In another embodiment, the recombinant peptide consists of HLYQGCQVV (SEQ ID No: 12). In another embodiment, the recombinant peptide consists of LTYLPTNASLSFLQD (SEQ ID No: 13). In another embodiment, the recombinant peptide consists of TYLPTNASL (SEQ ID No: 14). In another embodiment, the recombinant peptide consists of QLFEDNYAL (SEQ ID No: 15). In another embodiment, the recombinant peptide consists of KIGFSLAFL (SEQ ID No: 16). In another embodiment, the recombinant peptide consists of KIFGSLAFLPESFDGDPA (SEQ ID No: 17). In another embodiment, the recombinant peptide consists of PLQPEQLQV (SEQ ID No: 35). In another embodiment, the recombinant peptide consists of TLEEITGYL (SEQ ID No: 36). In another embodiment, the recombinant peptide consists of ILHNGAYSL (SEQ ID No: 37). In another embodiment, the recombinant peptide consists of ALIHHNTHL (SEQ ID No: 38). In another embodiment, the recombinant peptide consists of KPDLSYMPIWKFPDE (SEQ ID No: 39). In another embodiment, the recombinant peptide consists of PLTSIISAV (SEQ ID No: 40). In another embodiment, the recombinant peptide consists of IISAVVGIL (SEQ ID No: 41). In another embodiment, the recombinant peptide consists of RRLLQETELVEPLTPS (SEQ ID No: 42). In another embodiment, the recombinant peptide consists of RLLQETELV (SEQ ID No: 43). In another embodiment, the recombinant peptide consists of VLRENTSPK (SEQ ID No: 44). In another embodiment, the recombinant peptide consists of KEILDEAYVMAGVGSPYVS (SEQ ID No: 45). In another embodiment, the recombinant peptide consists of VMAGVGSPYV (SEQ ID No: 46). In another embodiment, the recombinant peptide consists of GSPYVSRLLGICL (SEQ ID No: 47). In another embodiment, the recombinant peptide consists of SPYVSRLLGICLT (SEQ ID No: 48). In another embodiment, the recombinant peptide consists of PYVSRLLGI (SEQ ID No: 49). In another embodiment, the recombinant peptide consists of LLGICLTSTV (SEQ ID No: 50). In another embodiment, the recombinant peptide consists of CLTSTVQLV (SEQ ID No: 51). In another embodiment, the recombinant peptide consists of QLMPYGCLL (SEQ ID No: 52). In another embodiment, the recombinant peptide consists of LLNWCMQIAKGMSYL (SEQ ID No: 53). In another embodiment, the recombinant peptide consists of YLEDVRLV (SEQ ID No: 54). In another embodiment, the recombinant peptide consists of VLVKSPNHV (SEQ ID No: 55). In another embodiment, the recombinant peptide consists of KVPIKWMALESILRRRF (SEQ ID No: 56). In another embodiment, the recombinant peptide consists of YMIMVKCWMI (SEQ ID No: 57). In another embodiment, the recombinant peptide consists of ELVSEFSRM (SEQ ID No: 58). In another embodiment, the recombinant peptide consists of ELVSEFSRMARDPQ (SEQ ID No: 59). In another embodiment, the recombinant peptide consists of YLVPQQGFFC (SEQ ID No: 60).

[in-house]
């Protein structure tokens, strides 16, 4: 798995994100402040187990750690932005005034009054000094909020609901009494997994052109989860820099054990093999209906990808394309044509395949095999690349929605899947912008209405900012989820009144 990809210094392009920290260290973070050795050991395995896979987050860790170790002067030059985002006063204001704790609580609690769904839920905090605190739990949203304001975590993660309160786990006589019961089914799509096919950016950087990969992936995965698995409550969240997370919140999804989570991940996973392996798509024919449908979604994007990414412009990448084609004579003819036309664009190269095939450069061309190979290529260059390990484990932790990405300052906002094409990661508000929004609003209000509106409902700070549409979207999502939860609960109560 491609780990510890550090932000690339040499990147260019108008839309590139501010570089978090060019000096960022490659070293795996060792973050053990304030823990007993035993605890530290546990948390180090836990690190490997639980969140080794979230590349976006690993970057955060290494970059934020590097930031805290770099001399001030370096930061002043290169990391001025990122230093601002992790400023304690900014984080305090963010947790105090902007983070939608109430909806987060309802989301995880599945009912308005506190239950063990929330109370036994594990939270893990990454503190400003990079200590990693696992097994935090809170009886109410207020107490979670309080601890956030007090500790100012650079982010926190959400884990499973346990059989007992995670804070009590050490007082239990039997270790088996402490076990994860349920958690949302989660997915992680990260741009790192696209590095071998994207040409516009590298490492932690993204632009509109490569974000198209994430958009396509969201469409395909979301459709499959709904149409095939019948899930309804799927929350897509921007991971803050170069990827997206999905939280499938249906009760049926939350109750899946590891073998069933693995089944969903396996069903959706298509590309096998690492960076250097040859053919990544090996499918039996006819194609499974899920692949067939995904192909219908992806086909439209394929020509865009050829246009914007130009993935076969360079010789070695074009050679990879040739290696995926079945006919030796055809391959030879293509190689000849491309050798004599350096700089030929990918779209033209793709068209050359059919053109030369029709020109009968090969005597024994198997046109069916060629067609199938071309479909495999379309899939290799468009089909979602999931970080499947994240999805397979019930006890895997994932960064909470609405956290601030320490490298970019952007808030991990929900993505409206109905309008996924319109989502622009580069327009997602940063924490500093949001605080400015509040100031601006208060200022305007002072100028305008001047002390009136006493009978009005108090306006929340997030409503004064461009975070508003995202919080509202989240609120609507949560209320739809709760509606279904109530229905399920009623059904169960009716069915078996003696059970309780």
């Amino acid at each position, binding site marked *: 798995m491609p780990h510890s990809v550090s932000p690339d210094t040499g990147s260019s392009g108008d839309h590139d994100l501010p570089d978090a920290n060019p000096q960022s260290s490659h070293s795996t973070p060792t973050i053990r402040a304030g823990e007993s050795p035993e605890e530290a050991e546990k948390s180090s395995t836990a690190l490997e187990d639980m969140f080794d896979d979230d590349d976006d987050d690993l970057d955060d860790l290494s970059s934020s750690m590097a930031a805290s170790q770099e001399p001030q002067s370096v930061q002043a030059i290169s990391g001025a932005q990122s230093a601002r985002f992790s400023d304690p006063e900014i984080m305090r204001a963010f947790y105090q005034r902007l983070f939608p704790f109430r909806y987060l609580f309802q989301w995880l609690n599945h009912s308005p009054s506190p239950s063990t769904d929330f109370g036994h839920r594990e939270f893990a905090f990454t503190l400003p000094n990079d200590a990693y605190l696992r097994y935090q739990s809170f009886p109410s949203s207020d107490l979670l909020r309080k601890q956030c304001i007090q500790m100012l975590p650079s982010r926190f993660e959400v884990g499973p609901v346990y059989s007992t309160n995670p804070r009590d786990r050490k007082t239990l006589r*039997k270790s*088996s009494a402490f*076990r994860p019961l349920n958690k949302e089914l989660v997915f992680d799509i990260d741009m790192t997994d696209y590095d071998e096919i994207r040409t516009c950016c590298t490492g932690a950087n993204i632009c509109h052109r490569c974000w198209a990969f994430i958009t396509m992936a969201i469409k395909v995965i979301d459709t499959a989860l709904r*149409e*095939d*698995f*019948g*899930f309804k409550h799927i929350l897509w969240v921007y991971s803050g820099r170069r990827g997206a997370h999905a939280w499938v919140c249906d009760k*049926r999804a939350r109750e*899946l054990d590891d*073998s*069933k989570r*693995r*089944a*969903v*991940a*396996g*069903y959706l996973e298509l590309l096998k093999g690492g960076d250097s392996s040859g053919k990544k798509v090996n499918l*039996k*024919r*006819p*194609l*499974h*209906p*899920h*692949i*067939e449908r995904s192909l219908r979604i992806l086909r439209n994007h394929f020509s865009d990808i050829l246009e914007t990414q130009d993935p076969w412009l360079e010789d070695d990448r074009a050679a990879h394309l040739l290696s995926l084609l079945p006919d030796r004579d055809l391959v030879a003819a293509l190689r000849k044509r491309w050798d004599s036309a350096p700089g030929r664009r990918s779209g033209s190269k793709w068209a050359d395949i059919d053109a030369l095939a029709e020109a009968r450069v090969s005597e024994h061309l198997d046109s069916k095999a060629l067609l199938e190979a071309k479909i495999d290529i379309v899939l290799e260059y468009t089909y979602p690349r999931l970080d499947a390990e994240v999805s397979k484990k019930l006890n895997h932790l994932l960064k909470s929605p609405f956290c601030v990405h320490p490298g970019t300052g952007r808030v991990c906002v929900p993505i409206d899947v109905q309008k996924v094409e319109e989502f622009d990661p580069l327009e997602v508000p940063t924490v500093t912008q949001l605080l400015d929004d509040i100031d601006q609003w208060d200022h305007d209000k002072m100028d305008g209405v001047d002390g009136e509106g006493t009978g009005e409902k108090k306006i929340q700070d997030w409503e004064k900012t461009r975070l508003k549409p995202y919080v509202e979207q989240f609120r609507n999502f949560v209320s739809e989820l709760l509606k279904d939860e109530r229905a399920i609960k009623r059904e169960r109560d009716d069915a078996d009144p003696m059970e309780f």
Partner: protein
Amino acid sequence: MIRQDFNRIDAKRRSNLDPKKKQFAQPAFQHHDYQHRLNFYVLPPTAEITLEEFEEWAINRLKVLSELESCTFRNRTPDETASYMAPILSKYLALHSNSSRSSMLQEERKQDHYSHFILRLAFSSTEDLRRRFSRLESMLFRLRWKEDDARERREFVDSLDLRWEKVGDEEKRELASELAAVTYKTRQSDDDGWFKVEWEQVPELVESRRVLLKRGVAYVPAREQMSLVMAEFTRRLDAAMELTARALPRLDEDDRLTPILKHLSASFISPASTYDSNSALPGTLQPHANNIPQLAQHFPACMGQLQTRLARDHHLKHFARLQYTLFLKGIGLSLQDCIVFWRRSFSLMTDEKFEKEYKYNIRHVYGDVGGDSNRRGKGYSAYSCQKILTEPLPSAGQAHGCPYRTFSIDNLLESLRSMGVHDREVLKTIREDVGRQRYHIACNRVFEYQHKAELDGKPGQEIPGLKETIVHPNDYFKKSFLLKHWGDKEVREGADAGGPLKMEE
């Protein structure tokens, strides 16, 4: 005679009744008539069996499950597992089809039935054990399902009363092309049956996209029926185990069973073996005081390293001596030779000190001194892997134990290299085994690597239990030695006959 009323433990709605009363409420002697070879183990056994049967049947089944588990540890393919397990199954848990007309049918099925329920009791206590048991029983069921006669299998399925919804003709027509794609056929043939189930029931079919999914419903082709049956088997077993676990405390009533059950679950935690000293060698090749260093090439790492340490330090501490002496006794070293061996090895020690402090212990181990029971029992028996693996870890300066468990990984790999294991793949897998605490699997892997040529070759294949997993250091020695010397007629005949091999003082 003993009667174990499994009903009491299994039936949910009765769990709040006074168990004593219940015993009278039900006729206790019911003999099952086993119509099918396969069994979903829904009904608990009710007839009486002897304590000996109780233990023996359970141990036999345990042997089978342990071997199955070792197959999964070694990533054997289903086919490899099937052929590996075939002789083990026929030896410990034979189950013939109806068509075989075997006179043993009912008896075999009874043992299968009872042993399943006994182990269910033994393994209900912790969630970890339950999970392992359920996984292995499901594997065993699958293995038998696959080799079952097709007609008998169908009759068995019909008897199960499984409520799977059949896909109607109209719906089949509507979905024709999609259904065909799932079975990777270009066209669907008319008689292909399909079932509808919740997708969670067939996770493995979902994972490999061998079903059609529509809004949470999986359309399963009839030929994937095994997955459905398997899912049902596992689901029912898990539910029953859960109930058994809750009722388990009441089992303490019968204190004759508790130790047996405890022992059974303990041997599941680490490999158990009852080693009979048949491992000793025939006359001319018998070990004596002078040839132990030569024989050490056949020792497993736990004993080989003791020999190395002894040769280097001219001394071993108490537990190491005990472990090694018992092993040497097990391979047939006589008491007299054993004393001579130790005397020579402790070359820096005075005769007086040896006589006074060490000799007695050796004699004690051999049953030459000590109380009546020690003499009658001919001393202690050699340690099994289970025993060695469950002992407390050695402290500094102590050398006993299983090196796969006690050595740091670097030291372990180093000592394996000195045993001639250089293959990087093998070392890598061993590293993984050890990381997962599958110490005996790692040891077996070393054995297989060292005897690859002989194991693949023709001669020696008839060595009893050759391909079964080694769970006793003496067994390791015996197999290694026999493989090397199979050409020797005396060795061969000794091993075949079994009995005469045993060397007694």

In another embodiment, the recombinant peptide consists of a Her-2 fragment containing a mutated residue listed in Table 1 herein. In another embodiment, the recombinant peptide consists of an MHC molecule-binding peptide containing a mutated residue listed in Table 1 herein. In another embodiment, the recombinant peptide consists of an MHC class I molecule-binding peptide containing a mutated residue from Table 1. In another embodiment, the recombinant peptide consists of an MHC class II molecule-binding peptide containing a mutated residue from Table herein.

In another embodiment, the recombinant peptide comprises a mutation. In another embodiment, the mutation is 740A. In another embodiment, the mutation is 764D. In another embodiment, the mutation is Y786A. In another embodiment, the mutation is deletion of L801. In another embodiment, the mutation is L874R. In another embodiment, the mutation is V978L. In another embodiment, the mutation is a mutation enumerated in Table 1 herein. In another embodiment, the recombinant peptide consists of an MHC class I molecule-binding peptide containing one of the above mutations. Each possibility represents a separate embodiment of the present invention.

In another embodiment, an LLO peptide is fused to a Her-2 fragment in a peptide of methods and compositions of the present invention. In another embodiment, an ActA peptide is fused to a Her-2 fragment in a peptide of methods and compositions of the present invention. In another embodiment, a PEST-like sequence is fused to a Her-2 fragment in a peptide of methods and compositions of the present invention. Each possibility represents a separate embodiment of the present invention.

In another embodiment, a Her-2 fragment of methods and compositions of the present invention is embedded within an LLO peptide. In another embodiment, a Her-2 fragment of methods and compositions of the present invention is embedded within an ActA peptide. In another embodiment, a Her-2 fragment of methods and compositions of the present invention is embedded within a PEST-like sequence. Each possibility represents a separate embodiment of the present invention.

Each recombinant peptide and type of recombinant peptide represents a separate embodiment of the present invention.

In another embodiment, the present invention provides a recombinant vaccine vector encoding a recombinant polypeptide of the present invention.

In another embodiment, the present invention provides a recombinant nucleotide molecule encoding a recombinant polypeptide of the present invention.